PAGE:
Fashion Design -- SKETCHING your fashion ideas - a beginner Class with industry standards. | Nino Via | Skillshare

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Fashion Design -- SKETCHING your fashion ideas - a beginner Class with industry standards.

teacher avatar Nino Via, Fashion Design, Instructor & Consultant

Watch this class and thousands more

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Taught by industry leaders & working professionals
Topics include illustration, design, photography, and more

Watch this class and thousands more

Get unlimited access to every class
Taught by industry leaders & working professionals
Topics include illustration, design, photography, and more

Lessons in This Class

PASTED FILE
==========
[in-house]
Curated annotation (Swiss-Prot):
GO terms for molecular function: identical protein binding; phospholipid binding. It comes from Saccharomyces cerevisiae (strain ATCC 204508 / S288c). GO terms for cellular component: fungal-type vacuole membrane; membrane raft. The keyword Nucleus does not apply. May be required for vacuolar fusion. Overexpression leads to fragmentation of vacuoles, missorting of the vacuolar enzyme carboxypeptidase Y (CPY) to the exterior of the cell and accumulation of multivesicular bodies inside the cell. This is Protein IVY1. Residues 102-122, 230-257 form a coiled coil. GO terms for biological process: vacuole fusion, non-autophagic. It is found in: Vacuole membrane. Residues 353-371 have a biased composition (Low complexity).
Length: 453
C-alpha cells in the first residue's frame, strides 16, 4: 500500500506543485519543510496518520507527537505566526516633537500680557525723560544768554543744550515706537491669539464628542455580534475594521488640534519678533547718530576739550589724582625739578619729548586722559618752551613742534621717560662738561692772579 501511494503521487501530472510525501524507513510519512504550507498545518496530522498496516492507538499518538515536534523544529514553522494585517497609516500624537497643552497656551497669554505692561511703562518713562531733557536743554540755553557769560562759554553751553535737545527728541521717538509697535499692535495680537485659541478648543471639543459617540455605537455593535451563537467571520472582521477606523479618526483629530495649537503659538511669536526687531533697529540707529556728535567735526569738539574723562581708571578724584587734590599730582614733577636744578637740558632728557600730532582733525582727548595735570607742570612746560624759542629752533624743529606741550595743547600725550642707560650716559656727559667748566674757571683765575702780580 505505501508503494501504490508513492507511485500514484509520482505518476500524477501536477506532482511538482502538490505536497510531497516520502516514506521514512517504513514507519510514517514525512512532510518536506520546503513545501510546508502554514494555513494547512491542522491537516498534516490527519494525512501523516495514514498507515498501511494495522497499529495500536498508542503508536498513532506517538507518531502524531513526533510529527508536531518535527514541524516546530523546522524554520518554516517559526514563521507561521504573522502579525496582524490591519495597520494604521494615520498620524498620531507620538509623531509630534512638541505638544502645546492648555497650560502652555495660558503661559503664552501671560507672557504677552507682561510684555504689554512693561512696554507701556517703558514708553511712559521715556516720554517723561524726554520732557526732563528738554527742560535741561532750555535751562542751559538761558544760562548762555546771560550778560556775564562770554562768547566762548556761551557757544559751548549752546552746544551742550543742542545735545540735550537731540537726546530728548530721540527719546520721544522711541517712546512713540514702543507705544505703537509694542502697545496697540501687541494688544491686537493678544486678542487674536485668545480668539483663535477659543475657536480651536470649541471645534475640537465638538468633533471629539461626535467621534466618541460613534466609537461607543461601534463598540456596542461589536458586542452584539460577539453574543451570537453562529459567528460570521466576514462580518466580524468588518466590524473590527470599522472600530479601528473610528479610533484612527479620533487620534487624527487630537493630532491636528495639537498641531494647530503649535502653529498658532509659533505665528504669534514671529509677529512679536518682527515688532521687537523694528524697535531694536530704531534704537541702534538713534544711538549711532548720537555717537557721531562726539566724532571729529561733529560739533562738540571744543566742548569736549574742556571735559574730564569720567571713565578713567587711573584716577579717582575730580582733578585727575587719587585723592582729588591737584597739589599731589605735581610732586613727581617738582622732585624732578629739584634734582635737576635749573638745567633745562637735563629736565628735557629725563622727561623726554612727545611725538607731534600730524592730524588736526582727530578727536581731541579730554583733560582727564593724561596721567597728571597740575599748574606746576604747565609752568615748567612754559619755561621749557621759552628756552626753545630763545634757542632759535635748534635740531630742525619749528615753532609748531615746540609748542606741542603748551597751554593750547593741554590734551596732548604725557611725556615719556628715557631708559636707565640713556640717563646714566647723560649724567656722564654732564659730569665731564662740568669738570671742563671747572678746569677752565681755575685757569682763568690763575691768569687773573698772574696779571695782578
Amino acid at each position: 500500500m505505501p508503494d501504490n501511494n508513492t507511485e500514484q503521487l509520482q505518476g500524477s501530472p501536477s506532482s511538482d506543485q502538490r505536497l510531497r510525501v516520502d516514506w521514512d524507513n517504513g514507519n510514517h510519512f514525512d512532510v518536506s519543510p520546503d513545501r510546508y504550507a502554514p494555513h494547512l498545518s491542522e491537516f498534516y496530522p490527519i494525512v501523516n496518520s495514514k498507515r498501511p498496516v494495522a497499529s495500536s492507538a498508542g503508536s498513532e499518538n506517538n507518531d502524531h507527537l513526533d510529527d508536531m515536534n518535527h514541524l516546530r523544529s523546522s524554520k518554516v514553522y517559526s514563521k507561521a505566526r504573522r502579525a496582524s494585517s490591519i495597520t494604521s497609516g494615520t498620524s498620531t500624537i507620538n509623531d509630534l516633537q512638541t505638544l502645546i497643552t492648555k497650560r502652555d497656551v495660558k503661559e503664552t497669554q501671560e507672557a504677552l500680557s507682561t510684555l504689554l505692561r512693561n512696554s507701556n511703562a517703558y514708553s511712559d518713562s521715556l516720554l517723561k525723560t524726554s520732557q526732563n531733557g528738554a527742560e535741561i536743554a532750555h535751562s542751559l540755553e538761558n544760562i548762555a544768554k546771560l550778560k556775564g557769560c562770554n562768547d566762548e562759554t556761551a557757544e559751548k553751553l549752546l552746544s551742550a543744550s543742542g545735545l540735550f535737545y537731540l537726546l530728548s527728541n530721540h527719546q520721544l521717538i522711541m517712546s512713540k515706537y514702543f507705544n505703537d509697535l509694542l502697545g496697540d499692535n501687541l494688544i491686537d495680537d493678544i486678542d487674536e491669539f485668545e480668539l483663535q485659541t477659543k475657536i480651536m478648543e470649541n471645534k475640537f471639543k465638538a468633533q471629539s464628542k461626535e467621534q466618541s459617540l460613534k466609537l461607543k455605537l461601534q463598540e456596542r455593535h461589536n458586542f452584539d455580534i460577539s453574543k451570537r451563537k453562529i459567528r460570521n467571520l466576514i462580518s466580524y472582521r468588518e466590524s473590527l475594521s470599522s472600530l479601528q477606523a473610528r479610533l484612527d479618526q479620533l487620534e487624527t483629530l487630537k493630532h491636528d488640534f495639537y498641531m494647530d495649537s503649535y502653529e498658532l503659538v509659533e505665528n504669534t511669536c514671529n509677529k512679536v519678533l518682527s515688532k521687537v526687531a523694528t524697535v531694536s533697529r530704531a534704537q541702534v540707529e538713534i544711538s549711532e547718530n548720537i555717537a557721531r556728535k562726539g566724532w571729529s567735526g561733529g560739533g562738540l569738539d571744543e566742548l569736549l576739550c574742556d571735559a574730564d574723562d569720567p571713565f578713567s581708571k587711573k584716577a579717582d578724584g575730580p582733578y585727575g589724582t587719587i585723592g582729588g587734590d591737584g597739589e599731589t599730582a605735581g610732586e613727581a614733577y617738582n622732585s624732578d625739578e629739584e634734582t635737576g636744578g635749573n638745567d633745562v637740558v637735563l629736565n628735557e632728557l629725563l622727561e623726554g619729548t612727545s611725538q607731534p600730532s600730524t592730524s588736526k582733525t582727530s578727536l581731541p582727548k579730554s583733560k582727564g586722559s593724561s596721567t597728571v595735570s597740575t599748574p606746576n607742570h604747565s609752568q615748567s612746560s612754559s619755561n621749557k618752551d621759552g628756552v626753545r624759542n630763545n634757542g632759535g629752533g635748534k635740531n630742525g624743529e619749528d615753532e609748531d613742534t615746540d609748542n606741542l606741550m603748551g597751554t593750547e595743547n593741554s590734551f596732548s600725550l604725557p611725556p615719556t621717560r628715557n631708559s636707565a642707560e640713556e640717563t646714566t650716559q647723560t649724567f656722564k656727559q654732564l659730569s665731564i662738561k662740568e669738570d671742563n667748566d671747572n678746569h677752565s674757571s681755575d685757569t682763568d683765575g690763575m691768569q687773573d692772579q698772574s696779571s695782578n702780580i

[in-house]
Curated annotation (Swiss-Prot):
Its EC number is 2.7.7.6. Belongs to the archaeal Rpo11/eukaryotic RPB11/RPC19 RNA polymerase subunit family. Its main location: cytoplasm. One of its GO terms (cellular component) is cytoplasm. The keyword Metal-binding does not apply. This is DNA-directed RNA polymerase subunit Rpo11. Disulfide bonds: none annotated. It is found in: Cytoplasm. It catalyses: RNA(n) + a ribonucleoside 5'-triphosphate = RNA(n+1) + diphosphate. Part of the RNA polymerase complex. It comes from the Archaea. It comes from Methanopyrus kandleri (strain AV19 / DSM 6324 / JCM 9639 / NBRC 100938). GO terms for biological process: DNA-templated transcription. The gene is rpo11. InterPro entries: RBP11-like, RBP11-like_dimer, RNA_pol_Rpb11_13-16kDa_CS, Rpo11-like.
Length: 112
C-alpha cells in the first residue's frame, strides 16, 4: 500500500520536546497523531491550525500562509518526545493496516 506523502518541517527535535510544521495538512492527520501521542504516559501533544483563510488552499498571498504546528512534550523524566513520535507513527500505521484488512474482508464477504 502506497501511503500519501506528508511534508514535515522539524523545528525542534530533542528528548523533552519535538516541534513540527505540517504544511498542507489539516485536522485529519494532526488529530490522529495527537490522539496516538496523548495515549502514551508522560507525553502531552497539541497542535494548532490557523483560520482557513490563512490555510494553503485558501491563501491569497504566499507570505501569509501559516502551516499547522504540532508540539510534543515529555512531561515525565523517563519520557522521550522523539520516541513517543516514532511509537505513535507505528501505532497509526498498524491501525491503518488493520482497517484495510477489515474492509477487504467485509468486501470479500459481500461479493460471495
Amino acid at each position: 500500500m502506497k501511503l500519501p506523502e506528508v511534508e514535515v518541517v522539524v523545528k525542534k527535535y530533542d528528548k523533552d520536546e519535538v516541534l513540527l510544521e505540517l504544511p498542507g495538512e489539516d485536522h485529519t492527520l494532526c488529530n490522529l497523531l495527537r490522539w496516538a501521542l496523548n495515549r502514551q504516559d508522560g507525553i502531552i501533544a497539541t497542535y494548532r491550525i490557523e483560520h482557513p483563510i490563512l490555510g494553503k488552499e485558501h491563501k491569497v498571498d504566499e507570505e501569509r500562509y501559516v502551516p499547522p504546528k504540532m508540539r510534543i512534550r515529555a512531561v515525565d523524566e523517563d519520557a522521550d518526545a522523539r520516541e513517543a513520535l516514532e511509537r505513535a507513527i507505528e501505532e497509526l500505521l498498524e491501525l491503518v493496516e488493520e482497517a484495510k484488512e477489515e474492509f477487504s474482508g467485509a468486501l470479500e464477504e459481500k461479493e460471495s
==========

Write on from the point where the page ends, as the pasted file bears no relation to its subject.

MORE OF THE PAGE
8 Lessons (42m)
    • 1. #1 - Overall view of class content.

    • 2. #2 - The Croquis. The "9-Head" Flat.

    • 3. #3 - The Plumb Line. Balance. Body movement.

    • 4. #4 - Using the Croquis as a template.

    • 5. #5 - Pencil techniques. Rendering shirring and shading.

    • 6. #6 - Using a Fashion Journal as source of inspiration.

    • 7. #7 - Many different styles of sketching. Developing your own "voice".

    • 8. Bonus Lecture: FAQs, and other "goodies", etc.

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About This Class

This fashion sketching Class (7-video modules) is for beginners: young and old, with an interest and passion for designing fashion.  In this Class students will learn:

  • How to draw a "9-Head Croqui"

  • How to use a Croqui as a template to start sketching fashion ideas.

  • Body movement and creating an "S" shaped silhouette.

  • Balancing the body and use of the Plumb Line.

  • Pencil techniques to create "shirring/gathers", and shading, and coloring.

  • Creating a "fashion diary-journal" to use as source of inspiration to influence ideas for designing.

  • Differentiate garment closure between men's wear and women's wear.

  • Create your own style.

  • And some inspiring words of wisdom...

Meet Your Teacher